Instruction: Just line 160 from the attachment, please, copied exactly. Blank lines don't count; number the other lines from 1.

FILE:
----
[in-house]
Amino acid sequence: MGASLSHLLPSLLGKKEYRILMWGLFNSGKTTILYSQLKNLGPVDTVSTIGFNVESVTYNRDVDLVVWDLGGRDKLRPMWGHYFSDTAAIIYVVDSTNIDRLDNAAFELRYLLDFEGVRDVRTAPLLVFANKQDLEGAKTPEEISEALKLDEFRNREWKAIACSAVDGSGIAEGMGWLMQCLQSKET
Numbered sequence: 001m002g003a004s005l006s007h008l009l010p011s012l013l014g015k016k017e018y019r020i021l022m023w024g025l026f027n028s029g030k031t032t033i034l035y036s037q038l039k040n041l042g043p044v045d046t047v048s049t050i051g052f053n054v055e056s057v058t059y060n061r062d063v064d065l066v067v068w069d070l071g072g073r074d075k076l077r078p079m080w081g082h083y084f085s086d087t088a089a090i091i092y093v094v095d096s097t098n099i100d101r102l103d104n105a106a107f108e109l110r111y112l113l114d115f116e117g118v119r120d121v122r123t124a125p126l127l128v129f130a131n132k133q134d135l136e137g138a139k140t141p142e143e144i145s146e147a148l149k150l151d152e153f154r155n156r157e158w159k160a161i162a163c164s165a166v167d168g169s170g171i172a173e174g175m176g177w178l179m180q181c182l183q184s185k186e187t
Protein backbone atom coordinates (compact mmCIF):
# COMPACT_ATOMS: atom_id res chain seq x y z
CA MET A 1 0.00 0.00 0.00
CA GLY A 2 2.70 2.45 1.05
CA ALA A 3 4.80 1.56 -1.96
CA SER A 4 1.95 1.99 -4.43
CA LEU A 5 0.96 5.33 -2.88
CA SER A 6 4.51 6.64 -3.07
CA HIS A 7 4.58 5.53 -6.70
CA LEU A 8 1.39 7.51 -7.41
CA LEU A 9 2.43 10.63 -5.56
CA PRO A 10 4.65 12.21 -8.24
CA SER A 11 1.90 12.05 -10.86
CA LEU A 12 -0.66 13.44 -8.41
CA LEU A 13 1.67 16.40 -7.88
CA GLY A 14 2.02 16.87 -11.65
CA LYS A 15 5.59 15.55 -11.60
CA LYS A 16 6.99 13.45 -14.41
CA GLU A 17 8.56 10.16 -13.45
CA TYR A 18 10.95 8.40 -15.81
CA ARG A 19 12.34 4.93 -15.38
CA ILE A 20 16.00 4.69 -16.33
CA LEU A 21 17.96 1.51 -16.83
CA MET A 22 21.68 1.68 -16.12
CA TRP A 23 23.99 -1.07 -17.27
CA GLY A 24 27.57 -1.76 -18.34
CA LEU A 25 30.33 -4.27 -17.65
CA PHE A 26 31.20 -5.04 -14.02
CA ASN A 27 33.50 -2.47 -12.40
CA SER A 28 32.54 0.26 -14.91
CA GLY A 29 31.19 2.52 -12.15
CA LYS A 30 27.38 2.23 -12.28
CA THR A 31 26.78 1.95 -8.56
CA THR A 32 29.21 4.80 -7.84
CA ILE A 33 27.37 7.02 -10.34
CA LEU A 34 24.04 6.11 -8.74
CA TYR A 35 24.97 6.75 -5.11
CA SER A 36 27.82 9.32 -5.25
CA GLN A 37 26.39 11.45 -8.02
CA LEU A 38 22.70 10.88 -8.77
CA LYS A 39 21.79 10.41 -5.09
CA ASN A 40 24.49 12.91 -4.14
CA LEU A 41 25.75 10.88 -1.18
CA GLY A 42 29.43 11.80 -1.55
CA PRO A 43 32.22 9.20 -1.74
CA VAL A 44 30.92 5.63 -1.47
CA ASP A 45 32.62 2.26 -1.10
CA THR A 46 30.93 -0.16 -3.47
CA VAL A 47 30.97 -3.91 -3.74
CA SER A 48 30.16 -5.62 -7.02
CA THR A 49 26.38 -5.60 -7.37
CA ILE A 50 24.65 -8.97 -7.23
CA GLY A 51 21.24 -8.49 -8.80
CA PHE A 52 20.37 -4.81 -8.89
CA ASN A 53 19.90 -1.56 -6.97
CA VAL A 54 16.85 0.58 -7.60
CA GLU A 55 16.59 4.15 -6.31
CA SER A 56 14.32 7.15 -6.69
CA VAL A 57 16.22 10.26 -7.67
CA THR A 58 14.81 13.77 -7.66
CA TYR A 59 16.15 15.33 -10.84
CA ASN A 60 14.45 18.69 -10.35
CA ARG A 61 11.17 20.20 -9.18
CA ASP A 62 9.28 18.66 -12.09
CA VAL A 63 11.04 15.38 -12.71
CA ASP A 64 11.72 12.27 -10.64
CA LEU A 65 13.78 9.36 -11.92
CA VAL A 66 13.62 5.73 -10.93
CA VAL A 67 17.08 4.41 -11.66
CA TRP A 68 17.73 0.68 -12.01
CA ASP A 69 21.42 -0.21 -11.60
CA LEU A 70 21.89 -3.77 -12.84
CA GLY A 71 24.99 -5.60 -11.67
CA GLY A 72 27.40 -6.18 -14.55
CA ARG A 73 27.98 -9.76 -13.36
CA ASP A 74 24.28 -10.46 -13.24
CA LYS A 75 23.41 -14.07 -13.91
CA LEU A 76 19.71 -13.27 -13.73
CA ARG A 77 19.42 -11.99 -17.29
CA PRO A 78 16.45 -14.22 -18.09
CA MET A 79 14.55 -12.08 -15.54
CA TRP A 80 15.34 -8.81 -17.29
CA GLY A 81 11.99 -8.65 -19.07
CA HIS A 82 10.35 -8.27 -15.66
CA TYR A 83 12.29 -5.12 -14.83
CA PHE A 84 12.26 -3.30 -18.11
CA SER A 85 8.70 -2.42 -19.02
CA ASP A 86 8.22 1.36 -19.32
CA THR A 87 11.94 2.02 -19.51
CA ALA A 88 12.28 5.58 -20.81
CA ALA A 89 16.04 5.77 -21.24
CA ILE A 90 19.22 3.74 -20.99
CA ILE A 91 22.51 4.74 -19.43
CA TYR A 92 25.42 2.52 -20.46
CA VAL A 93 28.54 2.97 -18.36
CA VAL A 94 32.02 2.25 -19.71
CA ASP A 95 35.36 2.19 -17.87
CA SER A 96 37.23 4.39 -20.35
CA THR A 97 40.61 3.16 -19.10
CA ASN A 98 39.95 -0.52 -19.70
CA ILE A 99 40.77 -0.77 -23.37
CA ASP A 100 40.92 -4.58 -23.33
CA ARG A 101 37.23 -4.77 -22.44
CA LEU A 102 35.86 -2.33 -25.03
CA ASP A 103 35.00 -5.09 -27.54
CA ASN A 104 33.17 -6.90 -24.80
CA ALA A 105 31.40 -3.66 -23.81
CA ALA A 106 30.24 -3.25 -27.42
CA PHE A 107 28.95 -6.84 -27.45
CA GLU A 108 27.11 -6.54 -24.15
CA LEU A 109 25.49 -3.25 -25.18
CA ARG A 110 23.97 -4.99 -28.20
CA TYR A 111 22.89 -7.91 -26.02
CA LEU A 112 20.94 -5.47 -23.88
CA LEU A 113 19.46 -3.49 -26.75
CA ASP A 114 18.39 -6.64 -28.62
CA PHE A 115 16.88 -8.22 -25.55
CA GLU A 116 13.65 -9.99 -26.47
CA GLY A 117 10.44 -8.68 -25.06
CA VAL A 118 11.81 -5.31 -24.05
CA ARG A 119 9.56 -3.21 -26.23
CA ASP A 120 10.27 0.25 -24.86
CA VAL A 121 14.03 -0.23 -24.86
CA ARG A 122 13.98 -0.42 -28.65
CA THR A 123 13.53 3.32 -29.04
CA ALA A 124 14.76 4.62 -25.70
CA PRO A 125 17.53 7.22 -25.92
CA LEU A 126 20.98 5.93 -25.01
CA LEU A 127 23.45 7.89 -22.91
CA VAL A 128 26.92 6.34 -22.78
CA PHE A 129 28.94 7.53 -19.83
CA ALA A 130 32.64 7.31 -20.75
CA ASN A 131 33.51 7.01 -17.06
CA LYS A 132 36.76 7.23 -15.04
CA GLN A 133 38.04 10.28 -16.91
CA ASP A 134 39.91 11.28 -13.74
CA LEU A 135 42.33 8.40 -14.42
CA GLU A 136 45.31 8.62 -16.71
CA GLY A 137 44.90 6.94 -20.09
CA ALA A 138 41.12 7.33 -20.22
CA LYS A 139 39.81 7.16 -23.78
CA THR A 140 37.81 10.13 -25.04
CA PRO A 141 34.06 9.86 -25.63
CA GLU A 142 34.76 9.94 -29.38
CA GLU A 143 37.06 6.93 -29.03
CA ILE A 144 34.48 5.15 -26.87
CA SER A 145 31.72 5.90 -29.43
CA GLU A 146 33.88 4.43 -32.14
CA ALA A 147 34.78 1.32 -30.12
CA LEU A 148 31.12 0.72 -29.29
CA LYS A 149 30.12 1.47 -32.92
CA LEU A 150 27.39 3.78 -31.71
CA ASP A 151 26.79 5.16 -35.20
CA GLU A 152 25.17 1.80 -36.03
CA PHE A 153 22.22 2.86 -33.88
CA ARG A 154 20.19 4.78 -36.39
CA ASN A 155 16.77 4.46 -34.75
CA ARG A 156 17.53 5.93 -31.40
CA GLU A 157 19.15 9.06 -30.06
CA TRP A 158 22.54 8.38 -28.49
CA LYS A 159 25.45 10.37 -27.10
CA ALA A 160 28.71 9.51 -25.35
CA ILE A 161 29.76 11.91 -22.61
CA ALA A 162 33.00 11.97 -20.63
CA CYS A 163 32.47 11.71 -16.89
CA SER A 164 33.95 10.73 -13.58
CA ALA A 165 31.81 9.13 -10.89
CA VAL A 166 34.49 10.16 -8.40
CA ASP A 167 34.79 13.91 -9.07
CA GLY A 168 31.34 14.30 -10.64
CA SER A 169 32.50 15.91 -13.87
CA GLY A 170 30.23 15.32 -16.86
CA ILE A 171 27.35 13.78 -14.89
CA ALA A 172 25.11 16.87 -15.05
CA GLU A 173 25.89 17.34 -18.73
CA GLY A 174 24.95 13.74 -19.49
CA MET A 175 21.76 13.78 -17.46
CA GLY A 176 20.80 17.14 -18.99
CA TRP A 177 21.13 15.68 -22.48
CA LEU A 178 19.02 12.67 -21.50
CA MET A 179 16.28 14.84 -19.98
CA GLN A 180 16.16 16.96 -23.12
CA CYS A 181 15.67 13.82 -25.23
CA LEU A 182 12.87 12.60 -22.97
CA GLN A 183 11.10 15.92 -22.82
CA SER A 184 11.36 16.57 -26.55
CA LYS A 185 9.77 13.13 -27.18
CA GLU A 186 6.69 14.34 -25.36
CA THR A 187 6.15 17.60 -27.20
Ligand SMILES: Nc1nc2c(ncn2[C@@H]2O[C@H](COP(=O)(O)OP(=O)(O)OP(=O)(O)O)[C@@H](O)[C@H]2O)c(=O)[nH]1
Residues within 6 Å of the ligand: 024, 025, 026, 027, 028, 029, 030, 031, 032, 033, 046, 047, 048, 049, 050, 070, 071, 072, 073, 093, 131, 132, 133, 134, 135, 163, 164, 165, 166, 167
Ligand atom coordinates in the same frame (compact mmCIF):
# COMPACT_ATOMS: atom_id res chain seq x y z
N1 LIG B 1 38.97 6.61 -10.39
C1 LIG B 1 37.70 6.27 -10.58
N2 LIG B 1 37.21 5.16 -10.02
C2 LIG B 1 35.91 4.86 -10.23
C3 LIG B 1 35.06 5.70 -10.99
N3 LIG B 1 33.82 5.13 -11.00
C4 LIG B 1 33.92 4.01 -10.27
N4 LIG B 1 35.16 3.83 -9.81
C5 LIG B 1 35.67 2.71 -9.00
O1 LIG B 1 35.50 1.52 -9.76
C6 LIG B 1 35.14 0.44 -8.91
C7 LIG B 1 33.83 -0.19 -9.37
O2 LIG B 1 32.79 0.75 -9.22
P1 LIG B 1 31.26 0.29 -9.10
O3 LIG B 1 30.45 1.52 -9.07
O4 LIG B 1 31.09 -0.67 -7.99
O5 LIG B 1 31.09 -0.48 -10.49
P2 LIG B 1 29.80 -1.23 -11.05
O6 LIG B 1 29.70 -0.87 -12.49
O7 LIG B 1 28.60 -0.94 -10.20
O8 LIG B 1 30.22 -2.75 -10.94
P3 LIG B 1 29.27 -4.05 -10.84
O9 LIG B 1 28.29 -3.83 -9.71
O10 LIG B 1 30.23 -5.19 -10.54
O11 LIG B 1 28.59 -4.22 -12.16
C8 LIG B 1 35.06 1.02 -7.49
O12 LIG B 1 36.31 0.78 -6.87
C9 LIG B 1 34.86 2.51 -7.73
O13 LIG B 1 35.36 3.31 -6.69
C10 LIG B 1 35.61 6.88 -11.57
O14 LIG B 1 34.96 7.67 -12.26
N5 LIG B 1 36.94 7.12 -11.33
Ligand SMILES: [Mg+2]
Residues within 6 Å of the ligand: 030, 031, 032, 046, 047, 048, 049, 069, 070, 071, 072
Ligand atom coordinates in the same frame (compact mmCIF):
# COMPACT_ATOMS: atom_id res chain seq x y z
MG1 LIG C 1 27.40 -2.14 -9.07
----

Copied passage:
CA ASN A 155 16.77 4.46 -34.75